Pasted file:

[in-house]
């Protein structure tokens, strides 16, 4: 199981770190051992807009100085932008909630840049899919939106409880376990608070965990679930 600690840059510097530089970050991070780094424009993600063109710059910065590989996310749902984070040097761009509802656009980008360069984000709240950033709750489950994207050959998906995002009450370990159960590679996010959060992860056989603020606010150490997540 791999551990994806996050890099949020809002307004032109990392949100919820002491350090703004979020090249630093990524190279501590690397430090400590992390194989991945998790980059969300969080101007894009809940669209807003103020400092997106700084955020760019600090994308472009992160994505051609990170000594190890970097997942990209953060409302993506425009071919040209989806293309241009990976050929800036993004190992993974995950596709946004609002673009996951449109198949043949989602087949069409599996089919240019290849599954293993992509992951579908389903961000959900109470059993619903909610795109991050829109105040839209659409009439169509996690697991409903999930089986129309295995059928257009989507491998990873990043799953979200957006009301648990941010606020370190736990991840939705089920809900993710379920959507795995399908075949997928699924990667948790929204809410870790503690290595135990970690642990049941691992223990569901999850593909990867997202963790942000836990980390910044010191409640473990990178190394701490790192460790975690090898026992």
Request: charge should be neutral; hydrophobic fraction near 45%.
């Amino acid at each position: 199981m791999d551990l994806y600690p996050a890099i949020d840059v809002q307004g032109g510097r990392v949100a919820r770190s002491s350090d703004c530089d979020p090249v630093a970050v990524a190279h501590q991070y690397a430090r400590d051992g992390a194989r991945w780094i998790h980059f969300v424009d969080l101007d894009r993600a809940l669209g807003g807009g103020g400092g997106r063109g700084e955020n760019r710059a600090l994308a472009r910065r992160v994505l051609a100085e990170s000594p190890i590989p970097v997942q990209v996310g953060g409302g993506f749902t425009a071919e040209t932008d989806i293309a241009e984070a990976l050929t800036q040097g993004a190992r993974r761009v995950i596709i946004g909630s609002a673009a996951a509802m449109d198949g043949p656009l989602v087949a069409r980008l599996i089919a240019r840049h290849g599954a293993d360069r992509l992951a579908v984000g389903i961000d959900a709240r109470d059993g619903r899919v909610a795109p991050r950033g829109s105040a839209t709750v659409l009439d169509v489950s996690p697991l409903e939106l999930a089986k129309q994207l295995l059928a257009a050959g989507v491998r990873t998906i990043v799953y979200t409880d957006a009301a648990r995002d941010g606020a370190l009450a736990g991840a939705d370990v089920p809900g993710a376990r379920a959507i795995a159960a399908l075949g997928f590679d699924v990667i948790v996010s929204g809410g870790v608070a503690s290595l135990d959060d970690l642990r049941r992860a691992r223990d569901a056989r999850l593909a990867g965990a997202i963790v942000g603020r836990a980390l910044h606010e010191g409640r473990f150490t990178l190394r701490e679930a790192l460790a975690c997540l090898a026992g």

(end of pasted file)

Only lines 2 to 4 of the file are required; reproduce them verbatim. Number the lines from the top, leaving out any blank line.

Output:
């Protein structure tokens, strides 16, 4: 199981770190051992807009100085932008909630840049899919939106409880376990608070965990679930 600690840059510097530089970050991070780094424009993600063109710059910065590989996310749902984070040097761009509802656009980008360069984000709240950033709750489950994207050959998906995002009450370990159960590679996010959060992860056989603020606010150490997540 791999551990994806996050890099949020809002307004032109990392949100919820002491350090703004979020090249630093990524190279501590690397430090400590992390194989991945998790980059969300969080101007894009809940669209807003103020400092997106700084955020760019600090994308472009992160994505051609990170000594190890970097997942990209953060409302993506425009071919040209989806293309241009990976050929800036993004190992993974995950596709946004609002673009996951449109198949043949989602087949069409599996089919240019290849599954293993992509992951579908389903961000959900109470059993619903909610795109991050829109105040839209659409009439169509996690697991409903999930089986129309295995059928257009989507491998990873990043799953979200957006009301648990941010606020370190736990991840939705089920809900993710379920959507795995399908075949997928699924990667948790929204809410870790503690290595135990970690642990049941691992223990569901999850593909990867997202963790942000836990980390910044010191409640473990990178190394701490790192460790975690090898026992």
Request: charge should be neutral; hydrophobic fraction near 45%.
């Amino acid at each position: 199981m791999d551990l994806y600690p996050a890099i949020d840059v809002q307004g032109g510097r990392v949100a919820r770190s002491s350090d703004c530089d979020p090249v630093a970050v990524a190279h501590q991070y690397a430090r400590d051992g992390a194989r991945w780094i998790h980059f969300v424009d969080l101007d894009r993600a809940l669209g807003g807009g103020g400092g997106r063109g700084e955020n760019r710059a600090l994308a472009r910065r992160v994505l051609a100085e990170s000594p190890i590989p970097v997942q990209v996310g953060g409302g993506f749902t425009a071919e040209t932008d989806i293309a241009e984070a990976l050929t800036q040097g993004a190992r993974r761009v995950i596709i946004g909630s609002a673009a996951a509802m449109d198949g043949p656009l989602v087949a069409r980008l599996i089919a240019r840049h290849g599954a293993d360069r992509l992951a579908v984000g389903i961000d959900a709240r109470d059993g619903r899919v909610a795109p991050r950033g829109s105040a839209t709750v659409l009439d169509v489950s996690p697991l409903e939106l999930a089986k129309q994207l295995l059928a257009a050959g989507v491998r990873t998906i990043v799953y979200t409880d957006a009301a648990r995002d941010g606020a370190l009450a736990g991840a939705d370990v089920p809900g993710a376990r379920a959507i795995a159960a399908l075949g997928f590679d699924v990667i948790v996010s929204g809410g870790v608070a503690s290595l135990d959060d970690l642990r049941r992860a691992r223990d569901a056989r999850l593909a990867g965990a997202i963790v942000g603020r836990a980390l910044h606010e010191g409640r473990f150490t990178l190394r701490e679930a790192l460790a975690c997540l090898a026992g």